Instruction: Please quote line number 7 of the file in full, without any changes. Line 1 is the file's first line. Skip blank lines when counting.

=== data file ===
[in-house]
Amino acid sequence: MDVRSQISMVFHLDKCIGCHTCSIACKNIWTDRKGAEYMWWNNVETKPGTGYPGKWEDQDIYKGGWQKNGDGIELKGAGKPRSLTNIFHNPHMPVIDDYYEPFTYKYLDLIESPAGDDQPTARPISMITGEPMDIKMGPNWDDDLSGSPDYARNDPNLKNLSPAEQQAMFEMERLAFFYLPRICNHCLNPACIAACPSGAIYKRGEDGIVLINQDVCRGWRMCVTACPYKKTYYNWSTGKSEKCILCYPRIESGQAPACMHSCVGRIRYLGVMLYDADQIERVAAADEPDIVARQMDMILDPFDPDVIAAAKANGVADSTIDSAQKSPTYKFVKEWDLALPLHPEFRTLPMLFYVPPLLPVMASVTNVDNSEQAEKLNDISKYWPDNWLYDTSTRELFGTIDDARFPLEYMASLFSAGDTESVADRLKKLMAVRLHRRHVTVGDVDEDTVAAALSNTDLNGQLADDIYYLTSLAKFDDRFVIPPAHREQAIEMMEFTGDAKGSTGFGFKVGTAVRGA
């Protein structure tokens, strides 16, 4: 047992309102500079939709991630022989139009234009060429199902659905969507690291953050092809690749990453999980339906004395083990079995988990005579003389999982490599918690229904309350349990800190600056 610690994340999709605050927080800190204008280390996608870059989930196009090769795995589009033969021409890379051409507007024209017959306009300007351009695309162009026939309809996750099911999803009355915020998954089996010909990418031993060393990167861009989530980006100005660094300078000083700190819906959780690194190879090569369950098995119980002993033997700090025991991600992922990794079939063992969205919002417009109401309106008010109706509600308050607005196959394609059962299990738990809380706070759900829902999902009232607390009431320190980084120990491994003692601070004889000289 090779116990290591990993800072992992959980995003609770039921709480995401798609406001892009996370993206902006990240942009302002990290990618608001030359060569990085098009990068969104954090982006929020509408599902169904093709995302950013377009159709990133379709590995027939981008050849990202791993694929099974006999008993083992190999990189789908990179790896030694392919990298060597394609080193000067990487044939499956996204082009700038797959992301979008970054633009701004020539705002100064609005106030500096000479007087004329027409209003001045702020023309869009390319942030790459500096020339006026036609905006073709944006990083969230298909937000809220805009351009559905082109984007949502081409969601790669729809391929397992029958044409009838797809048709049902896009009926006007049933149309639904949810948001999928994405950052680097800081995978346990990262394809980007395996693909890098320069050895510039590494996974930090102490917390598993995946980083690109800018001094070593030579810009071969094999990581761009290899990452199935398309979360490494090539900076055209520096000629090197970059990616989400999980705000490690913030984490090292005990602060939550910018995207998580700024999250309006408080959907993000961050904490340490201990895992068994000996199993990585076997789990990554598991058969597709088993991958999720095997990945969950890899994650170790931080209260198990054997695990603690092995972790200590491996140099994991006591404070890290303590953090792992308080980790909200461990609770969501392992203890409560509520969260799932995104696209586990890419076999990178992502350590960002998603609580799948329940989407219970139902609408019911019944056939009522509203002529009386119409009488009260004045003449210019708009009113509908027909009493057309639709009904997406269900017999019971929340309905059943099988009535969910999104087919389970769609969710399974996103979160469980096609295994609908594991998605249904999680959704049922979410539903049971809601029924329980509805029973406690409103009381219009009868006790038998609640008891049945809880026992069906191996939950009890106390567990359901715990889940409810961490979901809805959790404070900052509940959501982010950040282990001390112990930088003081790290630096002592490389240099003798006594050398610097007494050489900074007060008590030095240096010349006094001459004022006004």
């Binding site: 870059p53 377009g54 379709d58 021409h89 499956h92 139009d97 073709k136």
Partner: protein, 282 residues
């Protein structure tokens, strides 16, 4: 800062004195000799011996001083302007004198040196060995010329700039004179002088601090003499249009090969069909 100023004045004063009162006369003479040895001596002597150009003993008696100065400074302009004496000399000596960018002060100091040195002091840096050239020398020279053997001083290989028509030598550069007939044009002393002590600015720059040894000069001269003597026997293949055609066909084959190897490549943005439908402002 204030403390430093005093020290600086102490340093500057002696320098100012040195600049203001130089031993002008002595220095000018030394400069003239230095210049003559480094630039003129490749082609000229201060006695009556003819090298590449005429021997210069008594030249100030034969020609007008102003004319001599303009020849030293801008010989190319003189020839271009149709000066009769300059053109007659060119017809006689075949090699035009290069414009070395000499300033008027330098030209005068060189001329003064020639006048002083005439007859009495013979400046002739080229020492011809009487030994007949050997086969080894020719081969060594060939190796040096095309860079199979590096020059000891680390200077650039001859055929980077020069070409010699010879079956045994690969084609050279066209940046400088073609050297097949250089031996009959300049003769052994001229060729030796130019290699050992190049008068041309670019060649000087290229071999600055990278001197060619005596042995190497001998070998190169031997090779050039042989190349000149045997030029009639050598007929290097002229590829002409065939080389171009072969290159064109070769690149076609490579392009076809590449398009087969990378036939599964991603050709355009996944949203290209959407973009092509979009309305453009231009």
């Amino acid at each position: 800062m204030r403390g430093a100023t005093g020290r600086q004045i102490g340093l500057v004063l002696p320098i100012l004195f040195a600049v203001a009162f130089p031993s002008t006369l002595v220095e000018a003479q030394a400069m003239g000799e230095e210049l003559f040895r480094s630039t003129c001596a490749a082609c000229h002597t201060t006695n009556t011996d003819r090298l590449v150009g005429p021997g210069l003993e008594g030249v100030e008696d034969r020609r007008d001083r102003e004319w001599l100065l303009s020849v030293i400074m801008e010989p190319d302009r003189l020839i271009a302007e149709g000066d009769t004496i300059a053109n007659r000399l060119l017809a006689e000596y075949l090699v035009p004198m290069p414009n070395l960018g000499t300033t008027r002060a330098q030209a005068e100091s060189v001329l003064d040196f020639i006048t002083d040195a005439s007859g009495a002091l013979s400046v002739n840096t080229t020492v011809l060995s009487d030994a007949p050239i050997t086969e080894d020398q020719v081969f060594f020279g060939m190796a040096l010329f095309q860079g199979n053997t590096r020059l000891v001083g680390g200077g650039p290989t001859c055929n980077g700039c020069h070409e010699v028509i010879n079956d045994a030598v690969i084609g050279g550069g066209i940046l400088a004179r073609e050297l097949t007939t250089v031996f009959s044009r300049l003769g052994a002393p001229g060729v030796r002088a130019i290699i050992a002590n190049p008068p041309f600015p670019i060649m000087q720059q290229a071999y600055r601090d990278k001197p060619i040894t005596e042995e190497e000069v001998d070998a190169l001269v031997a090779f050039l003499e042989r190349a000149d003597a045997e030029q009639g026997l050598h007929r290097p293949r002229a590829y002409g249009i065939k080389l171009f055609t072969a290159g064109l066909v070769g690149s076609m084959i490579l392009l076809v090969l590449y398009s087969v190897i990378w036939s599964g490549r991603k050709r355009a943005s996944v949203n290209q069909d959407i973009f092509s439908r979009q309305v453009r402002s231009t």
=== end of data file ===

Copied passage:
């Amino acid at each position: 800062m204030r403390g430093a100023t005093g020290r600086q004045i102490g340093l500057v004063l002696p320098i100012l004195f040195a600049v203001a009162f130089p031993s002008t006369l002595v220095e000018a003479q030394a400069m003239g000799e230095e210049l003559f040895r480094s630039t003129c001596a490749a082609c000229h002597t201060t006695n009556t011996d003819r090298l590449v150009g005429p021997g210069l003993e008594g030249v100030e008696d034969r020609r007008d001083r102003e004319w001599l100065l303009s020849v030293i400074m801008e010989p190319d302009r003189l020839i271009a302007e149709g000066d009769t004496i300059a053109n007659r000399l060119l017809a006689e000596y075949l090699v035009p004198m290069p414009n070395l960018g000499t300033t008027r002060a330098q030209a005068e100091s060189v001329l003064d040196f020639i006048t002083d040195a005439s007859g009495a002091l013979s400046v002739n840096t080229t020492v011809l060995s009487d030994a007949p050239i050997t086969e080894d020398q020719v081969f060594f020279g060939m190796a040096l010329f095309q860079g199979n053997t590096r020059l000891v001083g680390g200077g650039p290989t001859c055929n980077g700039c020069h070409e010699v028509i010879n079956d045994a030598v690969i084609g050279g550069g066209i940046l400088a004179r073609e050297l097949t007939t250089v031996f009959s044009r300049l003769g052994a002393p001229g060729v030796r002088a130019i290699i050992a002590n190049p008068p041309f600015p670019i060649m000087q720059q290229a071999y600055r601090d990278k001197p060619i040894t005596e042995e190497e000069v001998d070998a190169l001269v031997a090779f050039l003499e042989r190349a000149d003597a045997e030029q009639g026997l050598h007929r290097p293949r002229a590829y002409g249009i065939k080389l171009f055609t072969a290159g064109l066909v070769g690149s076609m084959i490579l392009l076809v090969l590449y398009s087969v190897i990378w036939s599964g490549r991603k050709r355009a943005s996944v949203n290209q069909d959407i973009f092509s439908r979009q309305v453009r402002s231009t």